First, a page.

In this time of nationally and international uncertainty when we are fighting an invisible enemy, when people’s lives hang in the balance, art can hardly be considered essential. At least not in the same category as first responders, clinicians, doctors, and other health care professionals who risk themselves each day. Still, artists still have something to contribute, even in these trying times.
Art can inform us, elevate our thinking, or just provide a much needed distraction. In the case of my art which focuses on notable cars from the ’50s, ’60s, and ’70s it is my attempt to visually retell the stories of those who were inspired to create these machines we so love or those who raced in them, pushing both their own limits as well as our understanding of how far or fast we can go. There are important lessons here for us. Lessons of perseverance, of innovation, of courage and determination—all qualities we can surely use right now.
Then there’s the economic uncertainty almost every artist faces. No complaints. It’s an occupational hazard when you elect to forgo a real job. That, and no one forced me into this. Working without a net, so to speak, has its thrills for sure but it also comes without the security of unemployment benefits, workers compensation, insurance or other compensatory benefits enjoyed by those in more regular professions. There will always be down times in one’s art career. What you do might go out of style or might encounter a lengthy period where you lack inspiration or muse. But times like these are really scary for artists every stripe because without you, the people who buy our art, concert tickets, or theater seats, we are utterly without our only source of recompense.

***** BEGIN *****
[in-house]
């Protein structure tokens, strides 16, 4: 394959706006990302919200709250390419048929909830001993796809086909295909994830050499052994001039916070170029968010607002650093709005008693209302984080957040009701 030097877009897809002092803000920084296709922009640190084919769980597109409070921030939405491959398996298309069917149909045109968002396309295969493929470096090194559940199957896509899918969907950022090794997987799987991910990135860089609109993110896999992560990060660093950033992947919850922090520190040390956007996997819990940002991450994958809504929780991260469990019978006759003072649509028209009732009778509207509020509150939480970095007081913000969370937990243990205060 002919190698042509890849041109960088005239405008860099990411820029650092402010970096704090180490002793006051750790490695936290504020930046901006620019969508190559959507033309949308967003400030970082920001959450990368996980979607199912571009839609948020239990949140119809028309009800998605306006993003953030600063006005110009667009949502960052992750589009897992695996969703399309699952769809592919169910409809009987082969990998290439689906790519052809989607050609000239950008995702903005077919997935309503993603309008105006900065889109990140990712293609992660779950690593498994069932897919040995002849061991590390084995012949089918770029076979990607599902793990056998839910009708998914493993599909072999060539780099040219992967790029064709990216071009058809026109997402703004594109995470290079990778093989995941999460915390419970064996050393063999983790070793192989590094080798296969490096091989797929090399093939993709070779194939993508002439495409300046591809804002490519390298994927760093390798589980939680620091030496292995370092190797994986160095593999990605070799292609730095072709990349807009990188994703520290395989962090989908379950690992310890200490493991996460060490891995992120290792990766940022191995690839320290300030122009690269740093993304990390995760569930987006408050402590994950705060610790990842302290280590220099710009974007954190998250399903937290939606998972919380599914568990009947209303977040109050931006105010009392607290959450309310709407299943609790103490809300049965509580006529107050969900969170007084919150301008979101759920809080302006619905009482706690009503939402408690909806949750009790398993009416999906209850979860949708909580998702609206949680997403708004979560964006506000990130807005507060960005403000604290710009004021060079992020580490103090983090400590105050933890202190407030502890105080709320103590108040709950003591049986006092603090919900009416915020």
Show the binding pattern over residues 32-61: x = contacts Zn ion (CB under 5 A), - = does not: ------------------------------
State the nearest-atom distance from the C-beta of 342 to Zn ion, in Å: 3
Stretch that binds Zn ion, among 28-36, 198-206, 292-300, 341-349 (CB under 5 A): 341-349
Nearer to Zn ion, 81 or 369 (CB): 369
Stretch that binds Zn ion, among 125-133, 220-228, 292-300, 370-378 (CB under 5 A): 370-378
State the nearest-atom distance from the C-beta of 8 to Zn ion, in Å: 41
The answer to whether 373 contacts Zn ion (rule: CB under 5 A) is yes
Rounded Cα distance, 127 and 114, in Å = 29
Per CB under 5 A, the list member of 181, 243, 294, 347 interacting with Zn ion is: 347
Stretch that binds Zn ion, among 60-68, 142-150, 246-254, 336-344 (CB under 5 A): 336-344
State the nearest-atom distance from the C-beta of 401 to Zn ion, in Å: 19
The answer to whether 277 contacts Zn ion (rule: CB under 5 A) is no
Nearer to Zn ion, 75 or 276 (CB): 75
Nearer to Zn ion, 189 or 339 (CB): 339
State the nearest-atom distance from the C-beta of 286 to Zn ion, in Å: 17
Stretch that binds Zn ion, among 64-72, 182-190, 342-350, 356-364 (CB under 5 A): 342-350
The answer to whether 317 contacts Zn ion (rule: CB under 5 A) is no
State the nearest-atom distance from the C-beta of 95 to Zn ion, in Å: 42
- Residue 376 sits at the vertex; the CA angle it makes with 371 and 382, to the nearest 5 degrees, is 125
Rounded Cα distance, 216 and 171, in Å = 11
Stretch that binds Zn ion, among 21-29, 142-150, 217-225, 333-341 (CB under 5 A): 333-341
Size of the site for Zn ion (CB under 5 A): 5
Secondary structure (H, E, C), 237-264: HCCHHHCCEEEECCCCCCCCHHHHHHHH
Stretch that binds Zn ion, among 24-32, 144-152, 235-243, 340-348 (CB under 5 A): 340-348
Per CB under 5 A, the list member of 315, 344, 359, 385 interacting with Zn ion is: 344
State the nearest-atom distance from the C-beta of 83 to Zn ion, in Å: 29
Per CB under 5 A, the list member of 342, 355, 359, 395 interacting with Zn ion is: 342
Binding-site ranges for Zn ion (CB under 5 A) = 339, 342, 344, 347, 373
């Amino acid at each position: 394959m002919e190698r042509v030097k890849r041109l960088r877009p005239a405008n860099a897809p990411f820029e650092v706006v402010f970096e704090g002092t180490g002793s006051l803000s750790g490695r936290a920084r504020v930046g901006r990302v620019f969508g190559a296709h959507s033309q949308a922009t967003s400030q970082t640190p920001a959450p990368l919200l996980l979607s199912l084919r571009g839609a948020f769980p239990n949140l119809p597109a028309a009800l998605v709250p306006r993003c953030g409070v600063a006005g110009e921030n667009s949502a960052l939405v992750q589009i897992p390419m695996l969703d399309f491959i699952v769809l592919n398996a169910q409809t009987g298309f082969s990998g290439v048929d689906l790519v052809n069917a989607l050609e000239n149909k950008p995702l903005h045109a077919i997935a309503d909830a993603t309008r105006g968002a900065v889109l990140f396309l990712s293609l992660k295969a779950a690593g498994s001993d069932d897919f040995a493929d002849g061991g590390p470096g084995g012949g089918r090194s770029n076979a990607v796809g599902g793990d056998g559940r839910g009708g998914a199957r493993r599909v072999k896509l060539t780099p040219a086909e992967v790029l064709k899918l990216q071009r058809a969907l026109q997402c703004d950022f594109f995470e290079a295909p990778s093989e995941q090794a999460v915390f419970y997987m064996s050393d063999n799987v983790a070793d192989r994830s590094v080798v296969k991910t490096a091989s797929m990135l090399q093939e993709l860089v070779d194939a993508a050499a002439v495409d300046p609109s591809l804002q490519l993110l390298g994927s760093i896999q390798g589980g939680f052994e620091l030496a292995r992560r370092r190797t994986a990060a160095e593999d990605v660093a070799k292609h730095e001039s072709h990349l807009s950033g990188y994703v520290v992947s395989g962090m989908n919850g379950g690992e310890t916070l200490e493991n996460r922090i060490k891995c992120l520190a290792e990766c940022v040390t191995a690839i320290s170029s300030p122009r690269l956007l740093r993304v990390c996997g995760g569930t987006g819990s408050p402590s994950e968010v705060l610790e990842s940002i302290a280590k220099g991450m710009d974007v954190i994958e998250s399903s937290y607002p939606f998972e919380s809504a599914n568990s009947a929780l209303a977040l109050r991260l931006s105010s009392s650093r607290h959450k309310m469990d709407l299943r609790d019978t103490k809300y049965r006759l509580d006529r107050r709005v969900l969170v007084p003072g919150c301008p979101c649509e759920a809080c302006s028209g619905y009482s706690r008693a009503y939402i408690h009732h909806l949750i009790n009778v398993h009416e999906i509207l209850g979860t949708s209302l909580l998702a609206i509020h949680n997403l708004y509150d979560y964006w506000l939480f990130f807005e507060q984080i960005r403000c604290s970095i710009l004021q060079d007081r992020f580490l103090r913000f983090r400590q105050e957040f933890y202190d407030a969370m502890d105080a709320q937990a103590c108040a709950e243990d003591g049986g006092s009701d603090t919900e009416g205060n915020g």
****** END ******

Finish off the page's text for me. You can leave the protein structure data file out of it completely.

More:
So I ask you, on behalf of all those who draw, paint, craft, sing, dance or act, all of those who bring their light into the world please, continue to support us so we can continue to help in the best way we know how. Thank you.